Longitudinal clinical studies demonstrate that increases in bone turnover that occur in perimenopausal women correlate better with elevated serum FSH than with changes in serum estradiol (E2). This perimenopausal rise in FSH is due to a selective decrease in ovarian inhibin B (InhB). Our previous demonstration that inhibins suppress both osteoblast and osteoclast development suggests that changes in serum inhibins may regulate osteoblast and osteoclast differentiation and thereby bone turnover, independent of changes in sex steroids.Objective:
The objective of this study was to determine whether decreased serum inhibin A (InhA) and InhB levels correlate with increases in markers of bone turnover in women across the menopause transition and to evaluate serum inhibins as better predictors of bone turnover markers across the menopause transition than FSH or bioavailable E2.Design:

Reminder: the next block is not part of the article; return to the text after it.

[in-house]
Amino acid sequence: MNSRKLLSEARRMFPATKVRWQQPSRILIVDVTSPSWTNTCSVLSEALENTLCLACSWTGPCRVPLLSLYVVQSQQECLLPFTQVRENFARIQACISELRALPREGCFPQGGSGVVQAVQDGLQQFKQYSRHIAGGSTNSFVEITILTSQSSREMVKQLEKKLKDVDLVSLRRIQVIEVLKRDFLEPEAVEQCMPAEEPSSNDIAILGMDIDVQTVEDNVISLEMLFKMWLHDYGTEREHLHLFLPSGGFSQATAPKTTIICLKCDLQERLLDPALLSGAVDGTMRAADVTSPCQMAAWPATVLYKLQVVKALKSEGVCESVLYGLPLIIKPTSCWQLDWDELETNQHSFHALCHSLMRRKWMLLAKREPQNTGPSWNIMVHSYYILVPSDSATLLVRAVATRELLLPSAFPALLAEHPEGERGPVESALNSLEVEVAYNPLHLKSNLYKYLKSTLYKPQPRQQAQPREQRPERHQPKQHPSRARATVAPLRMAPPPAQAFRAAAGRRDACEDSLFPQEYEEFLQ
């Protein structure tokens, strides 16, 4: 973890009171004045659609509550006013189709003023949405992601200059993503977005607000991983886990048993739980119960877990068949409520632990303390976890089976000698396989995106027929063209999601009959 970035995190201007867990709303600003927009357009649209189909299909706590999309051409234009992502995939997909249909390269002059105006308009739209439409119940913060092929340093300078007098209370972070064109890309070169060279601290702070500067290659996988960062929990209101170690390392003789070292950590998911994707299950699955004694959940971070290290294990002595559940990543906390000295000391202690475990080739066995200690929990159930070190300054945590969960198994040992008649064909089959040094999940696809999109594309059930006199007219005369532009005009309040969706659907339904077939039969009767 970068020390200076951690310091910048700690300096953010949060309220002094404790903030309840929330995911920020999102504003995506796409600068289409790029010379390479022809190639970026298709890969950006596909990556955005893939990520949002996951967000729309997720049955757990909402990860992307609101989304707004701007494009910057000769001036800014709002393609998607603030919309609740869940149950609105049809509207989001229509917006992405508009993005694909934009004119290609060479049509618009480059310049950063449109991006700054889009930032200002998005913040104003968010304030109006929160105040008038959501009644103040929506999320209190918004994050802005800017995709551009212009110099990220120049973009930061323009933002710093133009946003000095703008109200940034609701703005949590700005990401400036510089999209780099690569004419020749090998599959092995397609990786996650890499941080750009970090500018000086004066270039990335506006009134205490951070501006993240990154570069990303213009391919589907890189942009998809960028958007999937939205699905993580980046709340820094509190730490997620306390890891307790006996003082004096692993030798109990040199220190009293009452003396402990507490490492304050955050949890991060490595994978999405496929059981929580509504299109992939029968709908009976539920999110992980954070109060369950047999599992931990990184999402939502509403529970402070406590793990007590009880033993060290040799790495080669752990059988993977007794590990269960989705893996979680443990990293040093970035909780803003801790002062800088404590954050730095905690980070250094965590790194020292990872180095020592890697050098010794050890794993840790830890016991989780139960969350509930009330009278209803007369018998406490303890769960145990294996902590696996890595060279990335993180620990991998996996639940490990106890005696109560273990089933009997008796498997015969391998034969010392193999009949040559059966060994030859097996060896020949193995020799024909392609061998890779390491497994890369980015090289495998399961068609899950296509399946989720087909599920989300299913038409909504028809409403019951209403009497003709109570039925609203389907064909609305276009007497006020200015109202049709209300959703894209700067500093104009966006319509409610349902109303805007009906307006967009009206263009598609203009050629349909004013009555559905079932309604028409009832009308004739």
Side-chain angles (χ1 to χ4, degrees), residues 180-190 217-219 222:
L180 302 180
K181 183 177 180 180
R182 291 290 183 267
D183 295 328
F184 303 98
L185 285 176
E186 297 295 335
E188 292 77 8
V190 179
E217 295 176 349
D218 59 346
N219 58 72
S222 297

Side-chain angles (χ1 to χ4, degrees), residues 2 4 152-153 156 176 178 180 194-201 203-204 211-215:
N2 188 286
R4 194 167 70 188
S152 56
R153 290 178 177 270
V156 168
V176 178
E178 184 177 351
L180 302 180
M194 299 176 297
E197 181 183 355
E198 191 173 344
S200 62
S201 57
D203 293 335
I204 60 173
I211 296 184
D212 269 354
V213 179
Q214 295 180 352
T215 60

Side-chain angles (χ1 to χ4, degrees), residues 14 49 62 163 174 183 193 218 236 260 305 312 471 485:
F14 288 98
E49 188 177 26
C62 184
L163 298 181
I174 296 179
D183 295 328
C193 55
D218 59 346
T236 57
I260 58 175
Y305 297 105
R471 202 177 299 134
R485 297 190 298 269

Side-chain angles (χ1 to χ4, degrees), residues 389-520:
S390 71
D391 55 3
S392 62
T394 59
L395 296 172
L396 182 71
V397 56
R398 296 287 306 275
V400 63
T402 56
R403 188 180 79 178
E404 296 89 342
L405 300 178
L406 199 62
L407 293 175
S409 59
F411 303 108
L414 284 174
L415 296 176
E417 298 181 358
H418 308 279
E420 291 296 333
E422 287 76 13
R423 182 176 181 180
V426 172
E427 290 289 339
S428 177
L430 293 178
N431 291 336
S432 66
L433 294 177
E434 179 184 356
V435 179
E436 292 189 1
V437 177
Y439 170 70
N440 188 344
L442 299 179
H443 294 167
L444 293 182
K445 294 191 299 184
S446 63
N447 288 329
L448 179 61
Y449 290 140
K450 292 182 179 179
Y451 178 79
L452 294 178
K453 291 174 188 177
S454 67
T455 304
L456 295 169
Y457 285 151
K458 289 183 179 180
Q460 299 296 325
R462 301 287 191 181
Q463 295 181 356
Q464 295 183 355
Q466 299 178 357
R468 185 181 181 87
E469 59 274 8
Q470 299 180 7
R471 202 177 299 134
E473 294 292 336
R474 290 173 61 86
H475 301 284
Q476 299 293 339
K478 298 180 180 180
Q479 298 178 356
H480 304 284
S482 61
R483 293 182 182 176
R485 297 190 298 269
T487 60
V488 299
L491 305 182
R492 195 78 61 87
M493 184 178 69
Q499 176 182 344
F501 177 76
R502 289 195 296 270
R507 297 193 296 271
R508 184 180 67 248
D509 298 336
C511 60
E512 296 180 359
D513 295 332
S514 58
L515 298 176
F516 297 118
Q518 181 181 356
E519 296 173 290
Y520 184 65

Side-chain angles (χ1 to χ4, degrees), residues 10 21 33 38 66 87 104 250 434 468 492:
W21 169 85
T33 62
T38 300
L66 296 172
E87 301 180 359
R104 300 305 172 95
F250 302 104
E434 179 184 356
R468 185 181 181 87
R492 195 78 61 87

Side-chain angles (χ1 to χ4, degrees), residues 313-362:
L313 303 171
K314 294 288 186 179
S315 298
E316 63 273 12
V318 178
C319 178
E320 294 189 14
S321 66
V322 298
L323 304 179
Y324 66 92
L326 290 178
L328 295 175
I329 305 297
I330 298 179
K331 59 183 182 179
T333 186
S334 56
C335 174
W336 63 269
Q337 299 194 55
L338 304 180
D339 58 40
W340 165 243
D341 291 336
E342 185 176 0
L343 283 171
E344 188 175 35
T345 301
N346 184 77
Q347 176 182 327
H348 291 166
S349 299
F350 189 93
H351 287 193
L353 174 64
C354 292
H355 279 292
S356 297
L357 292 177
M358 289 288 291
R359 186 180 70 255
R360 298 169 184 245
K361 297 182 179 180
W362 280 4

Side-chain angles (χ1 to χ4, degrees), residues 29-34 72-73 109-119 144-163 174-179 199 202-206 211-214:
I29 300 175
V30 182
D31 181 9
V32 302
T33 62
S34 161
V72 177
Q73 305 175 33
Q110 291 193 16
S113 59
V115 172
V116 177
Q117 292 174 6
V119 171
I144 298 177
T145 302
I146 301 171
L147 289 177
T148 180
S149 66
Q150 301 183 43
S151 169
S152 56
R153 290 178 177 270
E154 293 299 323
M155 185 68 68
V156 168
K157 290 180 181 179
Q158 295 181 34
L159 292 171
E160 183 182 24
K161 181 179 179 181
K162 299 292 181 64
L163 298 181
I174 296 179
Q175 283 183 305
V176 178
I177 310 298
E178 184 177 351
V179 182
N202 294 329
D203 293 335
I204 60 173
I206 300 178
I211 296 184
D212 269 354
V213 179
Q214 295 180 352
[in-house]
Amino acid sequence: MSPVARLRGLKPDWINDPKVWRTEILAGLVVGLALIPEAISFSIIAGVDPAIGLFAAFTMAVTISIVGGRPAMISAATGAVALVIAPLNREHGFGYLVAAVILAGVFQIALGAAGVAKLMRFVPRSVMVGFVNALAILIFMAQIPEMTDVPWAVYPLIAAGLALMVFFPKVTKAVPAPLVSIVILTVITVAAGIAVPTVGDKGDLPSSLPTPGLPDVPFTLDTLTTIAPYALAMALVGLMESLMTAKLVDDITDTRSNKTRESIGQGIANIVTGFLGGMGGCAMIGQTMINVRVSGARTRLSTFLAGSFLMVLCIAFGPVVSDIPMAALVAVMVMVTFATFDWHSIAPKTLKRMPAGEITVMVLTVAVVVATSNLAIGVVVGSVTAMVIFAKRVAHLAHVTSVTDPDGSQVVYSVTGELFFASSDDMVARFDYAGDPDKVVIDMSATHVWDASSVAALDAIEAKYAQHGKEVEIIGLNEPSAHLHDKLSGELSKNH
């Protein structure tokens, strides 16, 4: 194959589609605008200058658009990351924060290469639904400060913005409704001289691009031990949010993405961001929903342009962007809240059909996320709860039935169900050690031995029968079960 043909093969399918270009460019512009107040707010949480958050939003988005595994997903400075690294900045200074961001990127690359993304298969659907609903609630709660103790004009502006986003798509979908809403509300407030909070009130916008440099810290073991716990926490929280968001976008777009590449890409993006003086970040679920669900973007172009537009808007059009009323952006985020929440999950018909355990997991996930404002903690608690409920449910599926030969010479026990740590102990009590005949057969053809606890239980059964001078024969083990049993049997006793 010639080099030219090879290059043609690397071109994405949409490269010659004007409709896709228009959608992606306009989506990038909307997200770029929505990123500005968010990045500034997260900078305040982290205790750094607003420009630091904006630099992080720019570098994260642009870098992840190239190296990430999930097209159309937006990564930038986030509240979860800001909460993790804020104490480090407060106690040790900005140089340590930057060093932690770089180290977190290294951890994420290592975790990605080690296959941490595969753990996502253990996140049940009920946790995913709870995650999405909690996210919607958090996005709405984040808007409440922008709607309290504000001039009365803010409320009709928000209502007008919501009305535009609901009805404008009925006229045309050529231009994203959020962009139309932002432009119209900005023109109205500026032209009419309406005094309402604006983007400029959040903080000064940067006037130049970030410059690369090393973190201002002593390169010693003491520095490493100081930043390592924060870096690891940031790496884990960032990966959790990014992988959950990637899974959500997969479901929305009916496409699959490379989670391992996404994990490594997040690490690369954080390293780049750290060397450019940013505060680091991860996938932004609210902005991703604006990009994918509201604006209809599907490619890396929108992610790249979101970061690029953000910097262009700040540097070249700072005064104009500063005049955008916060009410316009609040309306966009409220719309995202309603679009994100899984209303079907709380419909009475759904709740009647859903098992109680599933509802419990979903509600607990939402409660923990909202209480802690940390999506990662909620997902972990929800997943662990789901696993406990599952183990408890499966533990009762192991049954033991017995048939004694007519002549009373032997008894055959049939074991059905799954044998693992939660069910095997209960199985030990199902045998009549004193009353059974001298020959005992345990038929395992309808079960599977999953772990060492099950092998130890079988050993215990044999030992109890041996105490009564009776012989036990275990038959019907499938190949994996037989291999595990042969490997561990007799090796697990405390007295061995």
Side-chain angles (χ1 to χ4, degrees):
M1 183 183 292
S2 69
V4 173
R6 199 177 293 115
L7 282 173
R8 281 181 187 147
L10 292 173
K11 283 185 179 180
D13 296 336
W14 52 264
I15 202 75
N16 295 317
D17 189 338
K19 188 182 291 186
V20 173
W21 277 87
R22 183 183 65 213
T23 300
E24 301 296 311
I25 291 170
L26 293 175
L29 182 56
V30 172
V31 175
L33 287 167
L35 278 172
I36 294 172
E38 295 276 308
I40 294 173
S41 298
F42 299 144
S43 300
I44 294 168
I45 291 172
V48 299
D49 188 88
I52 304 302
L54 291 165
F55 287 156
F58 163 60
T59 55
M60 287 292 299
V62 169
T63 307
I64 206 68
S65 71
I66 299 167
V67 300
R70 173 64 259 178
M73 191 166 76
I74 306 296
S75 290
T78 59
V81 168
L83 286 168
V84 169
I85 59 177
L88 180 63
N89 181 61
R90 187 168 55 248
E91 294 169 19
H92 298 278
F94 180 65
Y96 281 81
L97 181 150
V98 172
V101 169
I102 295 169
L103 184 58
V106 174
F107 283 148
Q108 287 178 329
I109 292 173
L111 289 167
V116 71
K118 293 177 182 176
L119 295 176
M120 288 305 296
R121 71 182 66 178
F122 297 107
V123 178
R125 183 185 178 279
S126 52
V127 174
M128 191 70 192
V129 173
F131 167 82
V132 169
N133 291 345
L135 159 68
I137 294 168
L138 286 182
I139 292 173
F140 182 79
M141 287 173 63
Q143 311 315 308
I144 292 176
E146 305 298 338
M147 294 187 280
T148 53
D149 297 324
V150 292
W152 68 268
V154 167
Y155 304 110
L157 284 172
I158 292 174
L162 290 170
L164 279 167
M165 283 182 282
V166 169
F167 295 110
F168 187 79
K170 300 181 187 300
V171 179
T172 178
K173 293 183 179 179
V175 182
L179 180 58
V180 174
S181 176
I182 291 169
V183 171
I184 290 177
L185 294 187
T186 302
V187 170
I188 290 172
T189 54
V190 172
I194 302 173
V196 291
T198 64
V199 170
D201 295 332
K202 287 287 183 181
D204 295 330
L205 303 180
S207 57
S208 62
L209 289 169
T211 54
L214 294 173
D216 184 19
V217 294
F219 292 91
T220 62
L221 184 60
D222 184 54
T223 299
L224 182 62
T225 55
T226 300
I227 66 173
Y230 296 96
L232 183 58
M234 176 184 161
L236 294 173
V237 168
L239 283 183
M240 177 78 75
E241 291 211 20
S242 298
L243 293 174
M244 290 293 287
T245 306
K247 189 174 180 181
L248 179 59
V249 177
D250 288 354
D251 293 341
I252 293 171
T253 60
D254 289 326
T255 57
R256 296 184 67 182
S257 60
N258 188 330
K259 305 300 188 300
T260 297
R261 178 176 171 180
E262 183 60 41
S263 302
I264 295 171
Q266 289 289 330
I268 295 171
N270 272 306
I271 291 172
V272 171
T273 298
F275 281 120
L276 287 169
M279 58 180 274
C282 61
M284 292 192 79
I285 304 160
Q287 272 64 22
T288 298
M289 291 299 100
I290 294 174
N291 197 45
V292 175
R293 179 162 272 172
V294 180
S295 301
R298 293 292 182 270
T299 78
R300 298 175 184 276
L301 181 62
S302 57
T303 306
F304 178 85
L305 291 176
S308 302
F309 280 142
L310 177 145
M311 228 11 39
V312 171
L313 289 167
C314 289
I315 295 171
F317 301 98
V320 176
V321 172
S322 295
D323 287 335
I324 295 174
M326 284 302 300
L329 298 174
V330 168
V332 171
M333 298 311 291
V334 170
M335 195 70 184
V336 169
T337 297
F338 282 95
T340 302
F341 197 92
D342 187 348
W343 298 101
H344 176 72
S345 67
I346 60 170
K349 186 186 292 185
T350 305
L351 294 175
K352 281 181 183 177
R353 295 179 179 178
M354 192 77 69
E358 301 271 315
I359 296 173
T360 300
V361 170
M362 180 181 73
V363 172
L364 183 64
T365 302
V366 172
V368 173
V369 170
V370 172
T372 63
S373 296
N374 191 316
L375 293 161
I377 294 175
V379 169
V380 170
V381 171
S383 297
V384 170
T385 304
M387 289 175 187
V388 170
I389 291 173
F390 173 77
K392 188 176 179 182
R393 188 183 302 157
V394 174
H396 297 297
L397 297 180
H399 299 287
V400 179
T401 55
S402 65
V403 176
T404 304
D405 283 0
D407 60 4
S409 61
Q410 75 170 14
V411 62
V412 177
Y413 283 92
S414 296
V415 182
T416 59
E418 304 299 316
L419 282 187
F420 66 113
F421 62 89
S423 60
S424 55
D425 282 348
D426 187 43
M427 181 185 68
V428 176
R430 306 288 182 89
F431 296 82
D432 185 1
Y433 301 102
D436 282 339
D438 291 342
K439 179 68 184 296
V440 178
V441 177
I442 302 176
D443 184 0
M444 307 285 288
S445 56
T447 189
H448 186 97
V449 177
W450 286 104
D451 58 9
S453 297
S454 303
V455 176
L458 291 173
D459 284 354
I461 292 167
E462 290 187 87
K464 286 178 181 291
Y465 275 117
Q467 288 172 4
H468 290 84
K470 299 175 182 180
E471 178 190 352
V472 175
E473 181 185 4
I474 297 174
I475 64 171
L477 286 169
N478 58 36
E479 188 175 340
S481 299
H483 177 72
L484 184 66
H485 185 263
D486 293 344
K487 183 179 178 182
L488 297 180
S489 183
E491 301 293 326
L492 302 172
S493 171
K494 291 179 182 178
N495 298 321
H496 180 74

We studied a cross-sectional age-stratified population sample of 188 pre- and postmenopausal women not using oral contraceptives or hormone replacement therapy (age, 21-85 yr).Results:
Serum InhA and InhB levels significantly correlated inversely with markers of bone formation and bone resorption in pre- and perimenopausal women and with markers of bone formation in postmenopausal women (InhA only). FSH was not significantly correlated with bone turnover in either pre- or postmenopausal women; however, FSH was significantly correlated with bone resorption (C-terminal collagen I cross-link) in perimenopausal women (age, 45-54 yr). Using multivariate analyses, serum InhA better predicted bone formation and resorption markers in premenopausal women than either FSH or bioavailable E2.Conclusions:
Decreases in inhibin levels across the menopause transition are associated with increasing bone turnover, regardless of changes in sex steroids or FSH.